Jean Pretorius uses his cell phone to shoot videos and take photos.

Jean Pretorius uses his cell phone to shoot videos and take photos.

It was important to teach Jean these various skills because as a citizen journalist, he will need to utilise these skills to write multi-media stories on the Grocotts website, so that the reader can have full experience of a particular story through video, sound and the article itself. What is great is that there is free software out there like Windows Movie Maker and Audacity, which he can use in future endeavours.

Our contribution to this project will hopefully help to ensure that Grahamstown has more dynamic citizen journalists who fully utilise the resources they have available to them. This is especially true as journalism is a dynamic industry and this is that latest phenomenon.

location of 1 in 9 protest campaign

Location of 1 in 9 protest campaign

Click on map to go to the story of the 1 in 9 protest campaign

Take a look at the quick synopsis of what we did with Jean Pretorius

But wait there is more, Jean Pretorius: Current Grocotts Mail Citizen Journalist

Being A Police Woman

Posted by Duduetsang On April - 29 - 2010

A small glimpse into the life of a grahamstown Police woman: Inspector William’s as she shares some of her brave and heart rendering experiences. By ayushi Chabbra, Tamsin George and Viktoria Marinova.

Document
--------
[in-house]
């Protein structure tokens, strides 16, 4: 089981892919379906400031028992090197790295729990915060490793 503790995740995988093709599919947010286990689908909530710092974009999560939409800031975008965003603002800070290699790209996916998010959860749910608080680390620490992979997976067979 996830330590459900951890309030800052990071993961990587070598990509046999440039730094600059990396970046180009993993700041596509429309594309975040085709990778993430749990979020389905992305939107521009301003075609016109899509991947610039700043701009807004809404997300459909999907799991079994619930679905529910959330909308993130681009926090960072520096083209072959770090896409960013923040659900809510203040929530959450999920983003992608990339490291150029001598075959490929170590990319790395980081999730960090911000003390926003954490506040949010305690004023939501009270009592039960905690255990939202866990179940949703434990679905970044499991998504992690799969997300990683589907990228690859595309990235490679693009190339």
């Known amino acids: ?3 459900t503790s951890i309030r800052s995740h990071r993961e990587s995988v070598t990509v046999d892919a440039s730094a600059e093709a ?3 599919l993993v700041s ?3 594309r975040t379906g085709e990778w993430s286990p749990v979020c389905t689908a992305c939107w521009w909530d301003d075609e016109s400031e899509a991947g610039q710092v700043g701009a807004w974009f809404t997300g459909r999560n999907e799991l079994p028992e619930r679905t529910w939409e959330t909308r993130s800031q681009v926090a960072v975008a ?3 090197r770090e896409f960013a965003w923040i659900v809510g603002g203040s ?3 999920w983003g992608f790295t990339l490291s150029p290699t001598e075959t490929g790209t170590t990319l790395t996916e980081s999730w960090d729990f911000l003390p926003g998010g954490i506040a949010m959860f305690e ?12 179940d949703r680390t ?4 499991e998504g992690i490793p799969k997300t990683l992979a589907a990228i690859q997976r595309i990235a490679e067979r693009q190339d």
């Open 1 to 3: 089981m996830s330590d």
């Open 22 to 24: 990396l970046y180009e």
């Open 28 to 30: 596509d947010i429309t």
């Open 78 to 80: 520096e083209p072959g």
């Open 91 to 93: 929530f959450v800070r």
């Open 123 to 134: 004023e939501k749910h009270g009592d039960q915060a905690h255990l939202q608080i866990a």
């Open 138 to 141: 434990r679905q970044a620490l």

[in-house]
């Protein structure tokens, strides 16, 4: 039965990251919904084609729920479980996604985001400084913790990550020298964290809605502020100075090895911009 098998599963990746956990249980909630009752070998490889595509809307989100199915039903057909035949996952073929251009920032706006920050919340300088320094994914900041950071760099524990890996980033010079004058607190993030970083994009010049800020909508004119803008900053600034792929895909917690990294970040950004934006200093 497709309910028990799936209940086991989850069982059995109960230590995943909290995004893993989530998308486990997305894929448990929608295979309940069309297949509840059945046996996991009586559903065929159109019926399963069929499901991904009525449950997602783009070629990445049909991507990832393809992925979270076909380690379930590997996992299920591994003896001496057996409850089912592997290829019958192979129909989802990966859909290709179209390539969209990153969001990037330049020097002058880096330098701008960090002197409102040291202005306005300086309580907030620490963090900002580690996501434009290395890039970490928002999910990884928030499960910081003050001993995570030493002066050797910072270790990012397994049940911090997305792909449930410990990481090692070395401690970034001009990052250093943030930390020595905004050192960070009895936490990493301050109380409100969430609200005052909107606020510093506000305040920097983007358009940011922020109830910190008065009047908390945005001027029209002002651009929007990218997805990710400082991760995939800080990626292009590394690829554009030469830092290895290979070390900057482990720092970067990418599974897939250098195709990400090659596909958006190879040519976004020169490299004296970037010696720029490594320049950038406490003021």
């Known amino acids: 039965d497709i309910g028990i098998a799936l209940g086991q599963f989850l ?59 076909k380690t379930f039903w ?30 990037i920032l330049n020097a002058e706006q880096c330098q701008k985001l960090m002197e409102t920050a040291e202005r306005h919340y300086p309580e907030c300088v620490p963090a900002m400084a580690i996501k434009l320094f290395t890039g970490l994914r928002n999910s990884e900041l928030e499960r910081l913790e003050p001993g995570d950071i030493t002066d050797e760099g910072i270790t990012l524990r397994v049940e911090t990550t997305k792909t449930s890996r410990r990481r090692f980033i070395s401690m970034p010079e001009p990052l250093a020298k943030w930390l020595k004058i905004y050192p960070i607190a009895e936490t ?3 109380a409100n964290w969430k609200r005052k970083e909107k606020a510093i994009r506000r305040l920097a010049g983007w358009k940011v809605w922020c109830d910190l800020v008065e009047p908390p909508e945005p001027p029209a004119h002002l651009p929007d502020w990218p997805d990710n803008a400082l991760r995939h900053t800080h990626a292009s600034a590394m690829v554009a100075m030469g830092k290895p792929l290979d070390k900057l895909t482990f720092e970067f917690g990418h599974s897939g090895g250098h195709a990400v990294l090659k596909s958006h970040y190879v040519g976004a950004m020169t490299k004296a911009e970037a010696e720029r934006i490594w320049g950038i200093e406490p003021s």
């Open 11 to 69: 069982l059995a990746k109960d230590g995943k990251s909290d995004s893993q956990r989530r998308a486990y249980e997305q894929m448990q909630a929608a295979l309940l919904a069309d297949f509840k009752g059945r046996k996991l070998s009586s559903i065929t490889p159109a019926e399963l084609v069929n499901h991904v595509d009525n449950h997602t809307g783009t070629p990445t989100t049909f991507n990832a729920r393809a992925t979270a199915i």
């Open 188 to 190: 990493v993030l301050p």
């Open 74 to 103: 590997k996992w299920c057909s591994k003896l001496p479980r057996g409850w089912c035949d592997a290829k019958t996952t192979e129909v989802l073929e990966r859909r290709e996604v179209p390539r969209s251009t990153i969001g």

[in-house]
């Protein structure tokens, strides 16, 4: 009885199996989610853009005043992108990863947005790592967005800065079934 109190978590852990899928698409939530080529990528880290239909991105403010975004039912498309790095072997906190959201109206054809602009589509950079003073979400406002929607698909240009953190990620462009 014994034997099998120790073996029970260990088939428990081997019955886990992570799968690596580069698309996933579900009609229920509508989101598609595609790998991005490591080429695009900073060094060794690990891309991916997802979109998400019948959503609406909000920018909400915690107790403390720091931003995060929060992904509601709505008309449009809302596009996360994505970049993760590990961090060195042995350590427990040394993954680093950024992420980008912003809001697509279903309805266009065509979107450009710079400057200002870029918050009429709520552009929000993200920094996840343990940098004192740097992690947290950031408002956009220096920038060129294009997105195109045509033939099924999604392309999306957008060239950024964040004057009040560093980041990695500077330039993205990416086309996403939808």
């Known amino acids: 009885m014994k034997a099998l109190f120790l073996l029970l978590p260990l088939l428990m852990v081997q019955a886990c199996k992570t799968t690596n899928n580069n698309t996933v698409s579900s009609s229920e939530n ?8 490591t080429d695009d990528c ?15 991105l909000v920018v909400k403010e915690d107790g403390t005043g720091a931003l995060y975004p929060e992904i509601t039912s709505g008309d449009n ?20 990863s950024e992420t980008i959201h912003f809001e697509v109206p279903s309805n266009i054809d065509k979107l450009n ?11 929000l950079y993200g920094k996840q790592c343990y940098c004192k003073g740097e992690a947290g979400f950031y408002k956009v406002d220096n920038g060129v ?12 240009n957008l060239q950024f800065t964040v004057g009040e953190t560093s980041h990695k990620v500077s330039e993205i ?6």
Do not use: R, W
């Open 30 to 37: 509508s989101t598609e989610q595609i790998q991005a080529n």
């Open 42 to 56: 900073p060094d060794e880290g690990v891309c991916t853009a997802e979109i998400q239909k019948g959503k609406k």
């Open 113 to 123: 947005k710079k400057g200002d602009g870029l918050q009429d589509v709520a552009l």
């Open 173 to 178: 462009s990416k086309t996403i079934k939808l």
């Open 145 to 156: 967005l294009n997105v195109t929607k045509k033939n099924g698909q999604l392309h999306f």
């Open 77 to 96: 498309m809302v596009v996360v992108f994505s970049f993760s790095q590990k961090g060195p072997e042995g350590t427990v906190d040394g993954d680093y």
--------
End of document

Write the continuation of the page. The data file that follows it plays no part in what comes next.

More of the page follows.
Public Journalism: breaking the silence

Posted by Paddy On October - 22 - 2009
This brave woman breaks the silence

This brave woman breaks the silence

During our attempt at Public journalism we learnt the importance of civic mapping and the vital importance of allowing the people of the community to set the agenda. The point of public journalism is to give people a voice in order to defy the spiral of silence that conventional journalism tends to perpetuate. Public journalism through a grass roots approach aims to create awareness and thus bring about change. To do this we held a focus group meeting where we asked members of the community what crimes they feared most. It was discovered that rape was the most feared and even the men agreed. 

After two weeks of civic mapping within extension six to nine in Grahamstown we found two brave women who were willing to tell their stories and speak out against rape. This was particularly relevant considering that one of the issues in the community was one where people were too afraid to report crime as well as to blow the whistle against crime in the community.

The difficulties we faced regards desire for her anonymity, as to protect her from any re-victimisation as well as from any further emotional suffering our intervention and representation of her may cause. Another importance of public journalism is bridging the gaps between different spheres of the community. Thus we invited a social worker and psychologist to our community meeting, not only to bridge these gaps but also to act as a mediator between community members who attended and the women on which our documentaries are based. This clip is from a documentary in which a brave woman tells her story.